Skip to main content

A prominent donor who gave tens of millions of dollars to the University of British Columbia and whose name adorns the law school is taking the university to court for failing to ensure his name is also on the school’s graduate degrees.

Peter Allard, a lawyer and UBC graduate, gave $10-million to UBC in 2011 in part to fund the construction of a new law school building. In 2014, Mr. Allard made another donation of $30-million and the school itself was renamed the Peter A. Allard School of Law.

The donation agreement signed in 2014 specified that degree certificates granted by the law school would bear the name “Peter A. Allard School of Law.” But graduate degrees (master’s and doctorate) in law have not reflected the name change.

Story continues below advertisement

UBC has argued that those degrees are conferred by the faculty of graduate and postdoctoral studies, not the law school, and therefore are excluded from the agreement.

Mr. Allard and his lawyers have tried to get this changed and are now pursuing UBC through the courts. An arbitrator sided with UBC this year, saying that university officials did not address the question of graduate degrees during the negotiations over Mr. Allard’s gift.

The arbitrator found no evidence that UBC’s representatives failed to tell Mr. Allard’s legal advisers of the distinction between graduate and undergraduate degree certificates, “they simply didn’t think of it at the time,” the arbitrator wrote.

Now Mr. Allard has filed a petition in B.C.'s Supreme Court seeking leave to appeal the arbitrator’s decision.

The documents filed with the court state that Mr. Allard doesn’t want the graduate degrees to carry his name alone, but that he seeks “a reasonable reference to the name on such degree certificates.”

UBC president Santa Ono, however, made clear in 2017 that the university would not address the matter further, according to the documents.

“We were pleased to learn in September that the arbitrator upheld UBC’s long-time understanding of the gift agreement,” UBC counsel Hubert Lai said in a written statement.

Story continues below advertisement

“We have fully honoured the gift agreement. We continue to be grateful for Mr. Allard’s generous support and the positive impact it has had for law students and faculty over the years.”

The university said it would file its response to Mr. Allard’s petition in due course.

Mr. Allard graduated from UBC’s law school in 1971. He worked as a lawyer in Vancouver for more than 20 years before launching a foundation and becoming more involved in philanthropy in the early 1990s following the death of his father, according to a biography posted to the UBC website. Mr. Allard’s father, Charles, was a physician and businessman with interests in oil, television and professional sports as an owner of the Edmonton Oilers.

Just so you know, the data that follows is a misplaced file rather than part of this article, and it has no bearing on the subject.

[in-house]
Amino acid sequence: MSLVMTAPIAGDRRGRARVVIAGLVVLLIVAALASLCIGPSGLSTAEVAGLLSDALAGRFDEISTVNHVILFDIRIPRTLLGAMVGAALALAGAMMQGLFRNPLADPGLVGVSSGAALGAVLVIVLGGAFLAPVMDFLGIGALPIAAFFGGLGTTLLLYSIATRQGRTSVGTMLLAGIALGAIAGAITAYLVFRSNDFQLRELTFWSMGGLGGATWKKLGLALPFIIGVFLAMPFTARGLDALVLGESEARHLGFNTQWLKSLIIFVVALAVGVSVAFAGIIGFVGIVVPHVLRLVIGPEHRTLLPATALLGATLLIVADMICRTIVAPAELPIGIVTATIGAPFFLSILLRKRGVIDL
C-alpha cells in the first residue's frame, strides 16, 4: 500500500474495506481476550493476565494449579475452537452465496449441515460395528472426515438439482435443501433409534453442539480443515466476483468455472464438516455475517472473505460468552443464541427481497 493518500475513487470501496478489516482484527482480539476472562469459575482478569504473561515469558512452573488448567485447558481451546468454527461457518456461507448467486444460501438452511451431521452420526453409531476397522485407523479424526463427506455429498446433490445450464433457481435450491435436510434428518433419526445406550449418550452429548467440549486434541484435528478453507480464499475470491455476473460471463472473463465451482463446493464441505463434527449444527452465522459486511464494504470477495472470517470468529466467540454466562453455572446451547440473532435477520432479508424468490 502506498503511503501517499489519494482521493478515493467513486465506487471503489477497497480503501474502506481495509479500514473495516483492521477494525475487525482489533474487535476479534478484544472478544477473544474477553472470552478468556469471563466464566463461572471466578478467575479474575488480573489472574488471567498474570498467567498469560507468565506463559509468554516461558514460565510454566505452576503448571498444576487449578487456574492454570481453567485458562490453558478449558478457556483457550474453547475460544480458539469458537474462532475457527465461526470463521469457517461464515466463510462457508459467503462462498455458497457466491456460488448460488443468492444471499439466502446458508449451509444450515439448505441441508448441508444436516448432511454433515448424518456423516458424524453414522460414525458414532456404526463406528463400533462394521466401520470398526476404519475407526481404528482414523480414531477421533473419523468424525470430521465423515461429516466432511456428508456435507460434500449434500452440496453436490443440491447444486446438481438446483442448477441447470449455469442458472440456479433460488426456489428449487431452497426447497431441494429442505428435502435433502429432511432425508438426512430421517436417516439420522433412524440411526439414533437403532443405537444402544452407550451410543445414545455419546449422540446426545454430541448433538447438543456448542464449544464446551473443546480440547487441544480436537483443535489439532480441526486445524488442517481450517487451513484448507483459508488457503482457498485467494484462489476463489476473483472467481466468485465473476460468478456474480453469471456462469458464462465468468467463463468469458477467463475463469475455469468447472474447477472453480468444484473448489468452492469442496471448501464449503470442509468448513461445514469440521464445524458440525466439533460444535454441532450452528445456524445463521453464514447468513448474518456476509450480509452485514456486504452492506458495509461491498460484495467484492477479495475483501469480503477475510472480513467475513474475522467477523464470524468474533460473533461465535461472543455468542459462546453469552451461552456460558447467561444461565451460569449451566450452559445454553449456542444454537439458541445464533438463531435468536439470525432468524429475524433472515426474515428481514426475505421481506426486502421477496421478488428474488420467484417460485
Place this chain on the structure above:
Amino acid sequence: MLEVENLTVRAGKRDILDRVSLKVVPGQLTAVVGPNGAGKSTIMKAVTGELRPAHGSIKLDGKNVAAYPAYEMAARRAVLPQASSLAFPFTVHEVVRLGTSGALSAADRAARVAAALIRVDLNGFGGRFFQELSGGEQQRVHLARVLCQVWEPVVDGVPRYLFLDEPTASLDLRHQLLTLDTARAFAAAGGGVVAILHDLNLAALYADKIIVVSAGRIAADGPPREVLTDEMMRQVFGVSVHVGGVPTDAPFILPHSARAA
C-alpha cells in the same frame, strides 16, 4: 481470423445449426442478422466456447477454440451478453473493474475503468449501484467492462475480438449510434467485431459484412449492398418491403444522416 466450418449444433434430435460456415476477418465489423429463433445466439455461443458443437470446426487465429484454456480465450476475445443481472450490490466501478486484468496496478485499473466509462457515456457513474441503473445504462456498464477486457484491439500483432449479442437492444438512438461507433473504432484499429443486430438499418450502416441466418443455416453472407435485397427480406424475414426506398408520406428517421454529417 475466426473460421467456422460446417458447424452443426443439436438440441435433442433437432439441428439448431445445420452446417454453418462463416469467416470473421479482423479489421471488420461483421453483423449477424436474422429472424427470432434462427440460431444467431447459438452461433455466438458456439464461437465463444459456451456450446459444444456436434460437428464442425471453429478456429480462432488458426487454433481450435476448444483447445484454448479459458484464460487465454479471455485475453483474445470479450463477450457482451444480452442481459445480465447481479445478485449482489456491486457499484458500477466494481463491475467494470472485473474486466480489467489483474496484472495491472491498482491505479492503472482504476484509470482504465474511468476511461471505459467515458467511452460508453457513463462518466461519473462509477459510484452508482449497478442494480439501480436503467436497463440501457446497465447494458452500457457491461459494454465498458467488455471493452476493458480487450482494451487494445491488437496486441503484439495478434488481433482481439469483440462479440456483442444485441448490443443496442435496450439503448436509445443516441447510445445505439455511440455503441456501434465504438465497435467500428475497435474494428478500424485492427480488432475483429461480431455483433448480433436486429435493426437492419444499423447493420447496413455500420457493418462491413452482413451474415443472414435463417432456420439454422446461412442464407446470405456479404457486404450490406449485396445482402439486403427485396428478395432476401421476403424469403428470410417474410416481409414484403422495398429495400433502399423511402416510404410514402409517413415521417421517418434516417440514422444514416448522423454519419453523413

The biography further states that Mr. Allard’s commitment to the pursuit of justice reflects a “defining characteristic” of UBC students.

At the time, his donation to the law school was hailed by the university as the largest single gift made to a law school in Canada. His name is also attached to the $100,000 Allard Prize for International Integrity, awarded for battling corruption or protecting human rights.

Our Morning Update and Evening Update newsletters are written by Globe editors, giving you a concise summary of the day’s most important headlines. Sign up today.

Report an error Editorial code of conduct
Due to technical reasons, we have temporarily removed commenting from our articles. We hope to have this fixed soon. Thank you for your patience. If you are looking to give feedback on our new site, please send it along to feedback@globeandmail.com. If you want to write a letter to the editor, please forward to letters@globeandmail.com.

Welcome to The Globe and Mail’s comment community. This is a space where subscribers can engage with each other and Globe staff. Non-subscribers can read and sort comments but will not be able to engage with them in any way. Click here to subscribe.

If you would like to write a letter to the editor, please forward it to letters@globeandmail.com. Readers can also interact with The Globe on Facebook and Twitter .

Welcome to The Globe and Mail’s comment community. This is a space where subscribers can engage with each other and Globe staff. Non-subscribers can read and sort comments but will not be able to engage with them in any way. Click here to subscribe.

If you would like to write a letter to the editor, please forward it to letters@globeandmail.com. Readers can also interact with The Globe on Facebook and Twitter .

Welcome to The Globe and Mail’s comment community. This is a space where subscribers can engage with each other and Globe staff.

We aim to create a safe and valuable space for discussion and debate. That means:

  • Treat others as you wish to be treated
  • Criticize ideas, not people
  • Stay on topic
  • Avoid the use of toxic and offensive language
  • Flag bad behaviour

Comments that violate our community guidelines will be removed.

Read our community guidelines here

Discussion loading ...

Cannabis pro newsletter
To view this site properly, enable cookies in your browser. Read our privacy policy to learn more.
How to enable cookies